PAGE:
|By: Korbin McDonald||03.06.2014||Sports||481 Views|
Picture this: It’s a beautiful fall afternoon. Fans of Idaho athletics flood Moscow to enjoy a Vandal football game in the Kibbie Dome. Later that night, basketball fans pack the stands for an Idaho men’s basketball game against national powerhouse Gonzaga.
This vision isn’t possible in the current state of campus facilities. Idaho’s basketball teams play their early games in the small Memorial Gym early since the Cowan Spectrum can’t be set up in the Kibbie Dome until football season is over.
A high-profiled team like Gonzaga isn’t going to play in Memorial Gym, said University of Idaho Director of Athletics Rob Spear. He said that would change if the proposed events center comes to fruition.
“It’s true that most schools don’t want to come play us when we’re playing in Memorial Gym,” Spear said. “A new event center would help us attract a more quality non-conference opponent in the early season.”
Future plans have included an events center since 1971, according to the University of Idaho website. But a new arena might need to come sooner, due to the Cowan Spectrum falling apart.
Prior to a game against Seattle U on Feb. 1, three rows of student-section bleachers fell off.
“It was pretty scary,” said Philip Burkgart, a UI freshman who attended the game. “I don’t really feel safe going to games anymore. It’s tough to get some people to go to games now. But me and my friends are pretty big fans, so it’s worth the risk.”
Spear said the bleachers have exceeded their useful life, and the university needs to invest in a new bleacher system. He said he would rather see the university invest in a new events center, though.
The process for a new events center started back in 2007, Spear said, when a feasibility study was completed. The study called for a 6,000-seat facility connected to the North side of the Kibbie Dome.
“Unfortunately, back in 2007, the cost for a new event center came out to be $70 million,” he said. “That was a number that was too big for people on campus.”
Spear was asked to rewrite the proposal. With a goal to keep the new building on the North side, a proposal was drafted to create a much smaller center — cutting the square footage from 180,000 to 90,000.
The latest renderings show a 5,100-seat facility. A lower bowl surrounding the court would seat 2,800 fans, while 2,500 upper-level seats fill one side of the arena.
New UI president Chuck Staben told Spear he wanted the seats to be even on each side, before moving forward.
“He wanted us to go back and re-evaluate to see if we could balance it out,” Spear said. “That’s where we’re at now, we’re in the process of balancing it out.”
The Idaho State Board of Education has already approved the events center proposal for its six-year plan.
“Now we need to try to find a way to build this and control the cost,” Spear said. “We’re coming out with a new design. Hopefully in a few weeks that will show us how we can control the cost, and then the next step is to build a funding model to see how we would raise and build the funding.”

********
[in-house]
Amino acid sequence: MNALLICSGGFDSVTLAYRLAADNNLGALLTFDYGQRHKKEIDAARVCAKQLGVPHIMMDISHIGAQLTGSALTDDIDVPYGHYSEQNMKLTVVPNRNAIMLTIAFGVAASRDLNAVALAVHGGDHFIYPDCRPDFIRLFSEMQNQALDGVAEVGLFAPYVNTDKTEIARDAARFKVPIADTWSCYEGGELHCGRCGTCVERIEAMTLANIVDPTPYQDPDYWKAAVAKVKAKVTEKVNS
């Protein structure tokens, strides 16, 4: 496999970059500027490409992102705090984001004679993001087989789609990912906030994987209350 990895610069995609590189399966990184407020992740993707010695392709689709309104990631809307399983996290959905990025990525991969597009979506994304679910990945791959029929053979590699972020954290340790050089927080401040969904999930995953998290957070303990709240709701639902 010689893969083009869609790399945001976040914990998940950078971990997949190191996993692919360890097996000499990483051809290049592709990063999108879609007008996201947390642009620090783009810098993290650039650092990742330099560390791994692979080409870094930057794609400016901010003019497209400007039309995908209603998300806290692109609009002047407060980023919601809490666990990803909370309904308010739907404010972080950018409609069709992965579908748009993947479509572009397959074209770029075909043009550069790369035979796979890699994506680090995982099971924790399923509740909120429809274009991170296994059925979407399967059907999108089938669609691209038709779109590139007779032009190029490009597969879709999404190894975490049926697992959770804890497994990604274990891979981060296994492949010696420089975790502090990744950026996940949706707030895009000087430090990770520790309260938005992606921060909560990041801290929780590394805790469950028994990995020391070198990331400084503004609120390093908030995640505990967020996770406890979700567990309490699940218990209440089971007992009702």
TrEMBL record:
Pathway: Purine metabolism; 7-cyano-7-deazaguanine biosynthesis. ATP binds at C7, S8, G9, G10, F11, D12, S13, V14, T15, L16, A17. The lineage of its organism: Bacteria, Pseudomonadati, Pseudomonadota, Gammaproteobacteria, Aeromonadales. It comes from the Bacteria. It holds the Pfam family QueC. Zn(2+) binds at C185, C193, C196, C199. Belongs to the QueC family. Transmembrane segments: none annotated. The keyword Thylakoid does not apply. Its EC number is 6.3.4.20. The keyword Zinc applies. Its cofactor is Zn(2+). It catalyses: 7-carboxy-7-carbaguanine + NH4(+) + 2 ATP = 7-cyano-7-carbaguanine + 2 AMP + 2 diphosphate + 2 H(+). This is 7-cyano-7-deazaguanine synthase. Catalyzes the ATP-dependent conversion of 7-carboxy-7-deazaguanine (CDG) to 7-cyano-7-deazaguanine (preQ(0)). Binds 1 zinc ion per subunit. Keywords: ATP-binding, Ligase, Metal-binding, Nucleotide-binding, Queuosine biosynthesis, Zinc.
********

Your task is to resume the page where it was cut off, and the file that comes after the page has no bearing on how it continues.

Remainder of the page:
Spear sees the process as a four-legged stool: fundraising by the athletic department, debt restructuring from the university, support from the community and help from students.
Student support for an events center happened just across the border.
In 2006, Washington State University students voted in favor of a $10 million tax, the university website states, which adds $25 to tuition per semester for 25 years.
ASUI Director of Athletics Taylor Vincent said she is in favor of a tax like this.
“I can’t speak for all of ASUI, but if it is something they decided to do, I know we would support it and help promote however we can,” Vincent said. “I will definitely be advocating for it and I’m definitely in support of a new event center.”
As a student, Burkgart said he wouldn’t mind paying an extra $25 per semester, and said it would be worth it with all the new events.
“I hope the students would entertain a conversation about this,” Spear said. “It would make their experience so much better here, and not only their experience, but the experience of generations of students to come.”
The experience goes further than athletics. A new events center would make Moscow a more appealing destination for top-flight musicians, Spear said. Instead of going to Beasley Coliseum in Pullman, he said, they would choose Moscow.
Musicians don’t want to play in 10,000- to 20,000-seat arenas anymore, Spear said. They want to play in smaller venues. If there are any concerts in the area, they are at WSU, he said, but a new events center would change that.
“I feel like we could have a lot more concerts,” Burkgart said. “Last year, we had Macklemore. With the new event center, we could have a lot more of those.”
Vincent recalled when musician Mike Posner came to play and had nowhere to perform.
“It was 2011 when Mike Posner came, and the Kibbie Dome was in renovation and we didn’t have a place for him to perform,” she said. “We had to host him in the (Student Union Building) Ballroom. So it would be awesome to have a facility that is constantly available for those types of things.”
Athletics generate $33-34 million a year, Spear said. He said that number would only grow with a new arena.
“It all indicates that we need an event center or arena on this campus,” he said. “In my opinion, an event center would be awesome for all the students. It’s not just about athletics. It’s about making our campus the best residential campus in the country.”
Korbin McDonald can be reached at email@example.com